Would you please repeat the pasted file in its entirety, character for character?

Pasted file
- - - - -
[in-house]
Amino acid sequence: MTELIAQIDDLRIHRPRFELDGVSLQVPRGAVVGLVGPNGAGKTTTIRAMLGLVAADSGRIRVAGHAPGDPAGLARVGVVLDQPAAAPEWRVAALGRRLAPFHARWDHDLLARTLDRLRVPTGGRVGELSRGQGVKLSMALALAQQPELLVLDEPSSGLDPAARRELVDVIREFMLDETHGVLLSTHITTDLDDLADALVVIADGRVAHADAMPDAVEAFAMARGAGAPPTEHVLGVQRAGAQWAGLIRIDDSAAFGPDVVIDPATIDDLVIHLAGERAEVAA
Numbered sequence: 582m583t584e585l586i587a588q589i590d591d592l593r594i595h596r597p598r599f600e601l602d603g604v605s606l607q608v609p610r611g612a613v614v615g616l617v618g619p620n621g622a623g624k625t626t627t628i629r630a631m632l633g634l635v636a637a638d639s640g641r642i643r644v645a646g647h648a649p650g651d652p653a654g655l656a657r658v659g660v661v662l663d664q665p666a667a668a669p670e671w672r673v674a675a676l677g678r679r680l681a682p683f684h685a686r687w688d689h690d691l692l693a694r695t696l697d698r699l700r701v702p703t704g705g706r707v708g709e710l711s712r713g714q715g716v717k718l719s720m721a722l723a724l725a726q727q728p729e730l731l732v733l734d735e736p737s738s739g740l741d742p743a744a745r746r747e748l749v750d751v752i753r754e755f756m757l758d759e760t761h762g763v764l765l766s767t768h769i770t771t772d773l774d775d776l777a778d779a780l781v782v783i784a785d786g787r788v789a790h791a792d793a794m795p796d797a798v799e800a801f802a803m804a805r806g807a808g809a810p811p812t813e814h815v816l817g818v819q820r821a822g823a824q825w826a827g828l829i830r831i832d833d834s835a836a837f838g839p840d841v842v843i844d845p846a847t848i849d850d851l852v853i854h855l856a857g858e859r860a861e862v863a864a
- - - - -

[in-house]
Amino acid sequence: MTELIAQIDDLRIHRPRFELDGVSLQVPRGAVVGLVGPNGAGKTTTIRAMLGLVAADSGRIRVAGHAPGDPAGLARVGVVLDQPAAAPEWRVAALGRRLAPFHARWDHDLLARTLDRLRVPTGGRVGELSRGQGVKLSMALALAQQPELLVLDEPSSGLDPAARRELVDVIREFMLDETHGVLLSTHITTDLDDLADALVVIADGRVAHADAMPDAVEAFAMARGAGAPPTEHVLGVQRAGAQWAGLIRIDDSAAFGPDVVIDPATIDDLVIHLAGERAEVAA
Numbered sequence: 582m583t584e585l586i587a588q589i590d591d592l593r594i595h596r597p598r599f600e601l602d603g604v605s606l607q608v609p610r611g612a613v614v615g616l617v618g619p620n621g622a623g624k625t626t627t628i629r630a631m632l633g634l635v636a637a638d639s640g641r642i643r644v645a646g647h648a649p650g651d652p653a654g655l656a657r658v659g660v661v662l663d664q665p666a667a668a669p670e671w672r673v674a675a676l677g678r679r680l681a682p683f684h685a686r687w688d689h690d691l692l693a694r695t696l697d698r699l700r701v702p703t704g705g706r707v708g709e710l711s712r713g714q715g716v717k718l719s720m721a722l723a724l725a726q727q728p729e730l731l732v733l734d735e736p737s738s739g740l741d742p743a744a745r746r747e748l749v750d751v752i753r754e755f756m757l758d759e760t761h762g763v764l765l766s767t768h769i770t771t772d773l774d775d776l777a778d779a780l781v782v783i784a785d786g787r788v789a790h791a792d793a794m795p796d797a798v799e800a801f802a803m804a805r806g807a808g809a810p811p812t813e814h815v816l817g818v819q820r821a822g823a824q825w826a827g828l829i830r831i832d833d834s835a836a837f838g839p840d841v842v843i844d845p846a847t848i849d850d851l852v853i854h855l856a857g858e859r860a861e862v863a864a